Feeds
80%

Intel Core i7 'Nehalem' processor and X58 chipset

We put the chip giant's new architecture to the test

Build a business case: developing custom apps

That’s the theory but now it’s time to see how Core i7 performs.

Intel Core i7 CPUs

Intel said, 'test these.' So we did.

Our Intel-supplied review kit consists of a hefty box of goodies that includes a Core i7 920, Core i7 965 Extreme, DX58SO motherboard, three 1GB 1066MHz DDR 3 DIMMs from Qimonda, a regular Intel heatsink, a hefty Thermalright heatsink and an 80GB X25-M Solid State Drive.

Although we love the X25-M dearly, it’s 80GB capacity makes it impractical for everyday use and its £500-600 cost makes it an exotic treat. For the purposes of this review we’re sticking with a 1TB WD Caviar Black, which is a decent hard drive and which neither slows nor flatters the Core i7.

Asus Rampage II Extreme mobo

Asus' Rampage II Extreme mobo: CrossFire and SLI

The other decision we took is to test the new CPUs with an Asus Rampage II Extreme motherboard that supports both CrossFire and SLI. We used a relatively puny GeForce 8800GT during our tests as the emphasis was on system and CPU performance, but we have also done some quick runs with a pair of GeForce GTX 280 cards in SLI and intend to do a follow-up on Core i7 and X58 for gaming.

Although the Intel DX58SO motherboard looks very interesting, it seems a bit daft to exclude the possibility of SLI while we’re getting familiar with this new processor and chipset.

Our starting point is the Core 2 Extreme QX9650 overclocked from its stock speed of 3.0GHz to 3.16GHz on an Intel DX38BT with 2GB of dual-channel DDR 3 running at 1333MHz. This is a damn fine PC that represents the best of the current generation of technology so it is telling to compare it with the Core i7 Extreme at its stock speed of 3.2GHz with triple-channel memory running at 1,066MHz.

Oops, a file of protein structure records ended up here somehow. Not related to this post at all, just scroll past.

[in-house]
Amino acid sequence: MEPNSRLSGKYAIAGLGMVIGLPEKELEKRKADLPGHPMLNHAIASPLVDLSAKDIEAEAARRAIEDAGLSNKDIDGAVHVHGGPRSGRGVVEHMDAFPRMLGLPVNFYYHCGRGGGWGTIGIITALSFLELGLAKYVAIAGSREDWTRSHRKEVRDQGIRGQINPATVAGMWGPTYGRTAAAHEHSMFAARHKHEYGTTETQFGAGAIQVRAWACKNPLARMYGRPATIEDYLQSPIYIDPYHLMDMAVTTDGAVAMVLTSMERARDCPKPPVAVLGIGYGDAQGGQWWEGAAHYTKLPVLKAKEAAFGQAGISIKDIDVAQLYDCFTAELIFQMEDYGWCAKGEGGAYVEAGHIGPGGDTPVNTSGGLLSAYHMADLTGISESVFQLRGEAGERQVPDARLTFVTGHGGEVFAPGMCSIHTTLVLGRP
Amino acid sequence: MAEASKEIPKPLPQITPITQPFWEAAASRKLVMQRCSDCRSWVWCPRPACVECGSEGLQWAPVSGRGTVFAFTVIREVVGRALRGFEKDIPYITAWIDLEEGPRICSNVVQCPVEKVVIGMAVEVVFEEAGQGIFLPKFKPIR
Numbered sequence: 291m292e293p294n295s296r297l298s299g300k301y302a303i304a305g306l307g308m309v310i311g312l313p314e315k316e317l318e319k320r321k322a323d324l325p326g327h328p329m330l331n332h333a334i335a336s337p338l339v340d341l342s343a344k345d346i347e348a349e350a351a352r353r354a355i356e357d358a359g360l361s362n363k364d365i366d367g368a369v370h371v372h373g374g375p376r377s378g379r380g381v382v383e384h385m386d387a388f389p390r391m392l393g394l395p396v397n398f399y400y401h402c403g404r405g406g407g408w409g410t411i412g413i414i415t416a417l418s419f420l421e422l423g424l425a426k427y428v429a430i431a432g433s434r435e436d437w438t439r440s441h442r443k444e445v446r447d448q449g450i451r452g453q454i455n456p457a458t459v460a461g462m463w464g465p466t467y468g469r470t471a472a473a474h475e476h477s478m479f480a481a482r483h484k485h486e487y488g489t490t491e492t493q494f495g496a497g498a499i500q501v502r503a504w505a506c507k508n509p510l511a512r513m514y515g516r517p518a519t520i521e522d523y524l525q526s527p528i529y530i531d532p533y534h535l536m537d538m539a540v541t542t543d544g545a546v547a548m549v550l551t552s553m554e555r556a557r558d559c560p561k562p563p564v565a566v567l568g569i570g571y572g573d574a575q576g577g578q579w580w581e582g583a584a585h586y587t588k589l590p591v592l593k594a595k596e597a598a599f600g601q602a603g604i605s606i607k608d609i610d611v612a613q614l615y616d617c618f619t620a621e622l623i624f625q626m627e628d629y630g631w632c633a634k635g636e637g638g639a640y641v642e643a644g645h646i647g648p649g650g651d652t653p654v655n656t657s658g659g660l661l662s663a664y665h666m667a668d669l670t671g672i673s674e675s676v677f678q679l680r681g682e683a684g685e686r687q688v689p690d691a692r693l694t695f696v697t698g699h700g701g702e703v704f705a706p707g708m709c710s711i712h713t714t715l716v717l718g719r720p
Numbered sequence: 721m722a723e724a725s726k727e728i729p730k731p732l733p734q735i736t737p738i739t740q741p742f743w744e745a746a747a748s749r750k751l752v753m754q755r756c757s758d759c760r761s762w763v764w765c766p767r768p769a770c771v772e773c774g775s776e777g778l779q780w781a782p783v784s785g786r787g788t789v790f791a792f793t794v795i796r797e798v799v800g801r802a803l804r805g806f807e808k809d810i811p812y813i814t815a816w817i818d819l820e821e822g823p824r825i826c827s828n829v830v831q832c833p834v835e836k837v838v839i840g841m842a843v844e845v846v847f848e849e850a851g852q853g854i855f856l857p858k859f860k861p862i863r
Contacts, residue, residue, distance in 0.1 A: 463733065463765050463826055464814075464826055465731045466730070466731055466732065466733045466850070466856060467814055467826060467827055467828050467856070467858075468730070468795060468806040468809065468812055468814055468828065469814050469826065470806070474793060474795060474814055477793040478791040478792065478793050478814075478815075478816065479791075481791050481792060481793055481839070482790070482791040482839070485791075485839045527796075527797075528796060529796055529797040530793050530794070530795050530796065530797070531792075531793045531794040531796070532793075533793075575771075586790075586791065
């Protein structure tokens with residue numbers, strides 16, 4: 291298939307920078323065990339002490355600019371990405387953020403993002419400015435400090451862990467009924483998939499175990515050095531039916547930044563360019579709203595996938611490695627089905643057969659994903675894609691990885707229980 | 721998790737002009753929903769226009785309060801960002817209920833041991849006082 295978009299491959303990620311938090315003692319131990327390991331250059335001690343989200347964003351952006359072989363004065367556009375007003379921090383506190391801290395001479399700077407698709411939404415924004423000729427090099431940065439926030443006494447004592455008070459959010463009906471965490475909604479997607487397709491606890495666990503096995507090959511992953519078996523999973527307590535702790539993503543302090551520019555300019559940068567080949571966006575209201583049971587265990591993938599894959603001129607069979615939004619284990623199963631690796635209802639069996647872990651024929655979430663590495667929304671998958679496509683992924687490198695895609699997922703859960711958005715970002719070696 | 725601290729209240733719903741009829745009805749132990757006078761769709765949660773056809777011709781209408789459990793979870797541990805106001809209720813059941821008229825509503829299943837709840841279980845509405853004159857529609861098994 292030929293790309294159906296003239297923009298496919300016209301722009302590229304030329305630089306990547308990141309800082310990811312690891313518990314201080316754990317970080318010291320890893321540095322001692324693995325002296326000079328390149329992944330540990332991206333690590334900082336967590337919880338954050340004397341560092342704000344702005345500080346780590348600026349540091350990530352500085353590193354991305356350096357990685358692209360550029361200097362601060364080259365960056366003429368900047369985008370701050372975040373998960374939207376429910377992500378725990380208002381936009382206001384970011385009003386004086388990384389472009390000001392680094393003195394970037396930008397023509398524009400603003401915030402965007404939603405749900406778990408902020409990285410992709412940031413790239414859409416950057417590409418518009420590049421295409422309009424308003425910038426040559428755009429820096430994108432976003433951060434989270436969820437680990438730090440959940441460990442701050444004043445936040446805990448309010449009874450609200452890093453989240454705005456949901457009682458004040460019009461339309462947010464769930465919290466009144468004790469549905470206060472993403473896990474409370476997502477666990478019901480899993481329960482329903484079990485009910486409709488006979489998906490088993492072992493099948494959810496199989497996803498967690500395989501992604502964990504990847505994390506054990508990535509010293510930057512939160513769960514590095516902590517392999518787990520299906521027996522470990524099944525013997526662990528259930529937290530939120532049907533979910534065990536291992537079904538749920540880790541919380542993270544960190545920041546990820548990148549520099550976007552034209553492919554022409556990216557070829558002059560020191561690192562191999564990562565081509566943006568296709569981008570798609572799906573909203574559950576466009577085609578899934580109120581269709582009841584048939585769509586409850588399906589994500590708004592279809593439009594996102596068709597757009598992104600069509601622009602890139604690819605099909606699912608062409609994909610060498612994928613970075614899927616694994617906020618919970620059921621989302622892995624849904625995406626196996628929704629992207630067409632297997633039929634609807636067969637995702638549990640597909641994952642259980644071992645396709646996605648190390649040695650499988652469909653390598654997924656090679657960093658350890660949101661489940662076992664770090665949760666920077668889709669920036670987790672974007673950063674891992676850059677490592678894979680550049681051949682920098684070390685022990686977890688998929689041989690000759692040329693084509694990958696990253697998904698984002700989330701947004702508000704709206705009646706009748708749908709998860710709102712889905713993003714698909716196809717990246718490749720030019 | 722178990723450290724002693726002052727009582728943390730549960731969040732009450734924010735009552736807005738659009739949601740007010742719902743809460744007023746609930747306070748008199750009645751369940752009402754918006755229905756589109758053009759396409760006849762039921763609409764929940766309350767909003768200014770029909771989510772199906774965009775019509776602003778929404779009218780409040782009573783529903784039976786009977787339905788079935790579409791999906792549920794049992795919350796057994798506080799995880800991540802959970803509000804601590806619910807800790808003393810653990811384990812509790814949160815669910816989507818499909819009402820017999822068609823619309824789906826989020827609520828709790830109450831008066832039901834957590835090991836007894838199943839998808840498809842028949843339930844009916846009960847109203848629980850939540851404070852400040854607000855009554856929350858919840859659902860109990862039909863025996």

The essential guide to IT transformation

More from The Register

next story
Reg man looks through a Glass, darkly: Google's toy ploy or killer tech specs?
Tip: Put the shades on and you'll look less of a spanner
So, Apple won't sell cheap kit? Prepare the iOS garden wall WRECKING BALL
It can throw the low cost race if it looks to the cloud
One step closer to ROBOT BUTLERS: Dyson flashes vid of VACUUM SUCKER bot
Latest cleaner available for world+dog in September
Samsung Gear S: Quick, LAUNCH IT – before Apple straps on iWatch
Full specs for wrist-mounted device here ... but who'll buy it?
Apple promises to lift Curse of the Drained iPhone 5 Battery
Have you tried turning it off and...? Never mind, here's a replacement
Now that's FIRE WIRE: HP recalls 6 MILLION burn-risk laptop cables
Right in the middle of Burning Mains Man week
Apple's iWatch? They cannae do it ... they don't have the POWER
Analyst predicts fanbois will have to wait until next year
Tim Cook in Applerexia fears: New MacBook THINNER THAN EVER
'Supply chain sources' give up the goss on new iLappy
HUGE iPAD? Maybe. HUGE ADVERTS? That's for SURE
Noo! Hand not big enough! Don't look at meee!
prev story

Whitepapers

Top 10 endpoint backup mistakes
Avoid the ten endpoint backup mistakes to ensure that your critical corporate data is protected and end user productivity is improved.
Implementing global e-invoicing with guaranteed legal certainty
Explaining the role local tax compliance plays in successful supply chain management and e-business and how leading global brands are addressing this.
Backing up distributed data
Eliminating the redundant use of bandwidth and storage capacity and application consolidation in the modern data center.
The essential guide to IT transformation
ServiceNow discusses three IT transformations that can help CIOs automate IT services to transform IT and the enterprise
Next gen security for virtualised datacentres
Legacy security solutions are inefficient due to the architectural differences between physical and virtual environments.